Why Melanie Joly was right to stay out of the news biz.
The “Creative Canada” policy framework announced last week by Melanie Joly seems to have left no one happy, but the reaction in the news media and its interested observers has been most interesting. Despite the fact that Joly declined the invitation to empty a few wheelbarrows full of cash onto the doorstep of suffering Canadian news organizations, opinion was soon sharply split between those who saw hope that she was planning to do so by stealth, and those who feared she was planning to do so by stealth.
For the most part, these responses have been little more than occasions to grind well-worn axes, and it’s not worth going over them here. But for background reading, if you are interested:
McMaster commmuications prof Sara Bannerman arguing in The Conversation that the government is ignoring the crisis in Canadian journalism.
Communications prof, Marc Edge, arguing in Policy Options that Joly was right to do so.
Andrew Coyne in the Post remains “full of dread” that Joly is going to find a way of funding the news media, while again in Policy Options Ed Greenspon remains full of hope that she’ll do so. His piece is largely an occasion to break a lance for the recommendations in the PPF report Shattered Mirror, with a few epicycles added on.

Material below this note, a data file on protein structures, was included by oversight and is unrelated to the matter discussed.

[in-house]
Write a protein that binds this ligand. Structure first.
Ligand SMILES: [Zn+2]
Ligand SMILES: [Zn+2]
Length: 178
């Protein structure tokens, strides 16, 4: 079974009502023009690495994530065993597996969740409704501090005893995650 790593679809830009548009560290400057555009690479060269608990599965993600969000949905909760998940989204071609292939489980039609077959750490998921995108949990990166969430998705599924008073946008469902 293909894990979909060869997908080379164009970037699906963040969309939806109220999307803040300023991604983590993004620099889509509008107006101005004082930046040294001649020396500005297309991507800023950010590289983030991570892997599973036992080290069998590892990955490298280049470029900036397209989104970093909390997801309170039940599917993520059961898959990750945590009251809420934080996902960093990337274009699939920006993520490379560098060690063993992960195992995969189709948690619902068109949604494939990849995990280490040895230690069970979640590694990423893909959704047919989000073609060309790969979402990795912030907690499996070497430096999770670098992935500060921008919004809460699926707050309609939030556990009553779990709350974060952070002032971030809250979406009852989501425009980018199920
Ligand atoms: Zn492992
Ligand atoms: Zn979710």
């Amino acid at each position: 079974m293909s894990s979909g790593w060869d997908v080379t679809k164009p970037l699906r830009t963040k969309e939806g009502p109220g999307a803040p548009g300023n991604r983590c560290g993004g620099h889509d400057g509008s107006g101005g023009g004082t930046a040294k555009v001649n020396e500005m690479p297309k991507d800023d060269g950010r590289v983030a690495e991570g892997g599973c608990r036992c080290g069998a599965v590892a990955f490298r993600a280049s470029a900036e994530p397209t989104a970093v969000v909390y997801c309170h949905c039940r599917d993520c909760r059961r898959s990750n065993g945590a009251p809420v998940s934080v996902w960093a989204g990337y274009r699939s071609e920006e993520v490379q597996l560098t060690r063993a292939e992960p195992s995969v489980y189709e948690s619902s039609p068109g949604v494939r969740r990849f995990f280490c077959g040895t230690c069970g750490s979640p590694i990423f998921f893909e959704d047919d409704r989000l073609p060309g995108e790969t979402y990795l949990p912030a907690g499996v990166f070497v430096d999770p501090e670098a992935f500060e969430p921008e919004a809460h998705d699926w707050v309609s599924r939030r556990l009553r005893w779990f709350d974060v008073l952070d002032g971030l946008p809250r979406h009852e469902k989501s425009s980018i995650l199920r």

As tempting as it to bore the heck of out everyone by trying to thread my way through all of these competing arguments, what I want to do instead is take a step back and try to give the whole debate a bit of context.
Recall the three questions that motivated the original Shattered Mirror report:
1. Is the decline of traditional news media a threat to democracy?
2. If yes, are digital outlets picking up the slack?
3. If no, what is the role for public policy here?
The report, as we all know, answered yes to the first, no to the second, and so proposed a slew of policy recommendations.
Is the decline of traditional news media a threat to democracy? The PPF report’s answer was yes it is, and that is an answer virtually everyone accepted, and continues to accept. Yet the report’s justification for this was almost entirely based on the threat of fake news, and while there’s no question it has been wreaking havoc south of the border, there’s little evidence it has had the same effect here.